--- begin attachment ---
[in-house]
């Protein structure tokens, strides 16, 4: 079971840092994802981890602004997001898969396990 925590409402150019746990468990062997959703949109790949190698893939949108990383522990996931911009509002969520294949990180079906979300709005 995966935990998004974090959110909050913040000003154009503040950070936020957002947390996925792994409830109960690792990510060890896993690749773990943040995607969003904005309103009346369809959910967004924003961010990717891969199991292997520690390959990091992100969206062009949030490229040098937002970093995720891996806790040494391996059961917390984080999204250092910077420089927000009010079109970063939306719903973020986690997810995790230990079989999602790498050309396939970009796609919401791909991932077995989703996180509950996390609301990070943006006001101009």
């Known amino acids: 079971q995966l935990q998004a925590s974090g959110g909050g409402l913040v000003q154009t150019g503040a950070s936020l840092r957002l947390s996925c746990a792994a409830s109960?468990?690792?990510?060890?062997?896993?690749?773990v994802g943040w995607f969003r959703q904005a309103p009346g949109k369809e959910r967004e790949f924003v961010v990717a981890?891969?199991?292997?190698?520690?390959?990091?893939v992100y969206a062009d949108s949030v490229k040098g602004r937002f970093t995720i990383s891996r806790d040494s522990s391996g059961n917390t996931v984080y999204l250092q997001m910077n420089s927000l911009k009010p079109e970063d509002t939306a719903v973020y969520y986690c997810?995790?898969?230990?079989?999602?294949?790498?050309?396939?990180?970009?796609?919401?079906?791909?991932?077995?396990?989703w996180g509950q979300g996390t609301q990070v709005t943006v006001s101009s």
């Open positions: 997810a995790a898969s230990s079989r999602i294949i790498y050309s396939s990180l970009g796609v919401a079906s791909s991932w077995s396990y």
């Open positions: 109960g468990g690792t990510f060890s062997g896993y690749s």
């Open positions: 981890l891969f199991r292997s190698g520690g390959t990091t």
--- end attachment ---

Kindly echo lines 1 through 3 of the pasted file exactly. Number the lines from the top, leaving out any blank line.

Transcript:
[in-house]
């Protein structure tokens, strides 16, 4: 079971840092994802981890602004997001898969396990 925590409402150019746990468990062997959703949109790949190698893939949108990383522990996931911009509002969520294949990180079906979300709005 995966935990998004974090959110909050913040000003154009503040950070936020957002947390996925792994409830109960690792990510060890896993690749773990943040995607969003904005309103009346369809959910967004924003961010990717891969199991292997520690390959990091992100969206062009949030490229040098937002970093995720891996806790040494391996059961917390984080999204250092910077420089927000009010079109970063939306719903973020986690997810995790230990079989999602790498050309396939970009796609919401791909991932077995989703996180509950996390609301990070943006006001101009």
């Known amino acids: 079971q995966l935990q998004a925590s974090g959110g909050g409402l913040v000003q154009t150019g503040a950070s936020l840092r957002l947390s996925c746990a792994a409830s109960?468990?690792?990510?060890?062997?896993?690749?773990v994802g943040w995607f969003r959703q904005a309103p009346g949109k369809e959910r967004e790949f924003v961010v990717a981890?891969?199991?292997?190698?520690?390959?990091?893939v992100y969206a062009d949108s949030v490229k040098g602004r937002f970093t995720i990383s891996r806790d040494s522990s391996g059961n917390t996931v984080y999204l250092q997001m910077n420089s927000l911009k009010p079109e970063d509002t939306a719903v973020y969520y986690c997810?995790?898969?230990?079989?999602?294949?790498?050309?396939?990180?970009?796609?919401?079906?791909?991932?077995?396990?989703w996180g509950q979300g996390t609301q990070v709005t943006v006001s101009s």